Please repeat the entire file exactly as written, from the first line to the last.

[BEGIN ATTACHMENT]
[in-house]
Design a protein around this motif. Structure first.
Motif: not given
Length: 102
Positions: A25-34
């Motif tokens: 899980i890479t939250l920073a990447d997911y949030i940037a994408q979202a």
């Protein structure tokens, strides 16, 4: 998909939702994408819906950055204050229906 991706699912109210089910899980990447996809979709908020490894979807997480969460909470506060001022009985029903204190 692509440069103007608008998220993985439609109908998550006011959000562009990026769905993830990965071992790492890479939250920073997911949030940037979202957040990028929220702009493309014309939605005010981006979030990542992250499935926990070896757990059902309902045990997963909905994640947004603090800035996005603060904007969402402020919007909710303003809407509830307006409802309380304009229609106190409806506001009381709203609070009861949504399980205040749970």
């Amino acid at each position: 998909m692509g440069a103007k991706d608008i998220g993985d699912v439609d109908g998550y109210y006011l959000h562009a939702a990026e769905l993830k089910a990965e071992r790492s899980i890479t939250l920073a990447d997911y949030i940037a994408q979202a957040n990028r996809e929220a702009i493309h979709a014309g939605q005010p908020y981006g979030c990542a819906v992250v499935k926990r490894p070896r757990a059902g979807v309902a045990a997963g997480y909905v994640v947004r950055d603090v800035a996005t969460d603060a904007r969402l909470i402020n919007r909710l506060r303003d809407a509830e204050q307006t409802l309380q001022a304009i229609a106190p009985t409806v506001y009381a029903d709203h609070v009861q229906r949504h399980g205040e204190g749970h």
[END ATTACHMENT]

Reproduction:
[in-house]
Design a protein around this motif. Structure first.
Motif: not given
Length: 102
Positions: A25-34
């Motif tokens: 899980i890479t939250l920073a990447d997911y949030i940037a994408q979202a």
């Protein structure tokens, strides 16, 4: 998909939702994408819906950055204050229906 991706699912109210089910899980990447996809979709908020490894979807997480969460909470506060001022009985029903204190 692509440069103007608008998220993985439609109908998550006011959000562009990026769905993830990965071992790492890479939250920073997911949030940037979202957040990028929220702009493309014309939605005010981006979030990542992250499935926990070896757990059902309902045990997963909905994640947004603090800035996005603060904007969402402020919007909710303003809407509830307006409802309380304009229609106190409806506001009381709203609070009861949504399980205040749970």
């Amino acid at each position: 998909m692509g440069a103007k991706d608008i998220g993985d699912v439609d109908g998550y109210y006011l959000h562009a939702a990026e769905l993830k089910a990965e071992r790492s899980i890479t939250l920073a990447d997911y949030i940037a994408q979202a957040n990028r996809e929220a702009i493309h979709a014309g939605q005010p908020y981006g979030c990542a819906v992250v499935k926990r490894p070896r757990a059902g979807v309902a045990a997963g997480y909905v994640v947004r950055d603090v800035a996005t969460d603060a904007r969402l909470i402020n919007r909710l506060r303003d809407a509830e204050q307006t409802l309380q001022a304009i229609a106190p009985t409806v506001y009381a029903d709203h609070v009861q229906r949504h399980g205040e204190g749970h």